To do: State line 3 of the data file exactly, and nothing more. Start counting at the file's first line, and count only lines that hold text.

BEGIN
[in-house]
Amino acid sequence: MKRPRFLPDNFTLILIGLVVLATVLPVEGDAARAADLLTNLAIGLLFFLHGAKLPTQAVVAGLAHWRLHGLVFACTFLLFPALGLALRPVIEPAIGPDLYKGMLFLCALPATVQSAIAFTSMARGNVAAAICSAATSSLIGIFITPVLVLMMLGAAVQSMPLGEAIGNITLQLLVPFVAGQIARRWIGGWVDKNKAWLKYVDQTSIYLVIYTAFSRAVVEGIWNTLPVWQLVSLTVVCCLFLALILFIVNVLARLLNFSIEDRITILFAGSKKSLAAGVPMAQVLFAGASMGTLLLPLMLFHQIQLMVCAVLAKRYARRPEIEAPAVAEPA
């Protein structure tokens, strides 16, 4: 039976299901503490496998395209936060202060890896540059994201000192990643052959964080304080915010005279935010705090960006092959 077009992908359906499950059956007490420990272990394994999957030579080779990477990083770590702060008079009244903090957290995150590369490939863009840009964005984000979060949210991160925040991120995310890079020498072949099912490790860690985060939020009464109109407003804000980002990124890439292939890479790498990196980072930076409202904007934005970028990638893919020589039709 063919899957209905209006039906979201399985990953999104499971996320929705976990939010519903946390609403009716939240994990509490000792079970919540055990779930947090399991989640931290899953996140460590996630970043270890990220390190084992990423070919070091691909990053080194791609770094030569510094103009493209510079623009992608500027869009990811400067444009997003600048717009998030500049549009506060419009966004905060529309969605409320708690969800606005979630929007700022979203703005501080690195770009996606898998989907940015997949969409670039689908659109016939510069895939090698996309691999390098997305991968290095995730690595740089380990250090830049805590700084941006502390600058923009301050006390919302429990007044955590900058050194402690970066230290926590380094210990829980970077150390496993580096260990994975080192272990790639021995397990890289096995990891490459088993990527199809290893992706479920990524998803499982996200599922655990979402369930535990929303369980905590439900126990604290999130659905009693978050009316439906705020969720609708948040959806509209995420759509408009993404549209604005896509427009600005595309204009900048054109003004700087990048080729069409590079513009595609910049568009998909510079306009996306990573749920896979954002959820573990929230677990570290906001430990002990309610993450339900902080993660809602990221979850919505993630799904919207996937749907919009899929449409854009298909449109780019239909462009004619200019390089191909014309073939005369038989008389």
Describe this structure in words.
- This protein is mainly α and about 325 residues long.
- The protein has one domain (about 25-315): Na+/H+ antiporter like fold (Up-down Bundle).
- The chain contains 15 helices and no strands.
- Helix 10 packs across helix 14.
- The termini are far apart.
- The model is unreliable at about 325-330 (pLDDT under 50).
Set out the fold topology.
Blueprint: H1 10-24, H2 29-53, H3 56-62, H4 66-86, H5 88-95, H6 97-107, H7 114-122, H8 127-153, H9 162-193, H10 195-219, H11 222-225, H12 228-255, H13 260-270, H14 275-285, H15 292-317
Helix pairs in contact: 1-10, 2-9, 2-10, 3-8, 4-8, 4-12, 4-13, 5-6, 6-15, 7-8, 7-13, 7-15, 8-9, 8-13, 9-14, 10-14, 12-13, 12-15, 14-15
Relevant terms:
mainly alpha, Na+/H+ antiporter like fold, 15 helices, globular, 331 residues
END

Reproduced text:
């Protein structure tokens, strides 16, 4: 039976299901503490496998395209936060202060890896540059994201000192990643052959964080304080915010005279935010705090960006092959 077009992908359906499950059956007490420990272990394994999957030579080779990477990083770590702060008079009244903090957290995150590369490939863009840009964005984000979060949210991160925040991120995310890079020498072949099912490790860690985060939020009464109109407003804000980002990124890439292939890479790498990196980072930076409202904007934005970028990638893919020589039709 063919899957209905209006039906979201399985990953999104499971996320929705976990939010519903946390609403009716939240994990509490000792079970919540055990779930947090399991989640931290899953996140460590996630970043270890990220390190084992990423070919070091691909990053080194791609770094030569510094103009493209510079623009992608500027869009990811400067444009997003600048717009998030500049549009506060419009966004905060529309969605409320708690969800606005979630929007700022979203703005501080690195770009996606898998989907940015997949969409670039689908659109016939510069895939090698996309691999390098997305991968290095995730690595740089380990250090830049805590700084941006502390600058923009301050006390919302429990007044955590900058050194402690970066230290926590380094210990829980970077150390496993580096260990994975080192272990790639021995397990890289096995990891490459088993990527199809290893992706479920990524998803499982996200599922655990979402369930535990929303369980905590439900126990604290999130659905009693978050009316439906705020969720609708948040959806509209995420759509408009993404549209604005896509427009600005595309204009900048054109003004700087990048080729069409590079513009595609910049568009998909510079306009996306990573749920896979954002959820573990929230677990570290906001430990002990309610993450339900902080993660809602990221979850919505993630799904919207996937749907919009899929449409854009298909449109780019239909462009004619200019390089191909014309073939005369038989008389």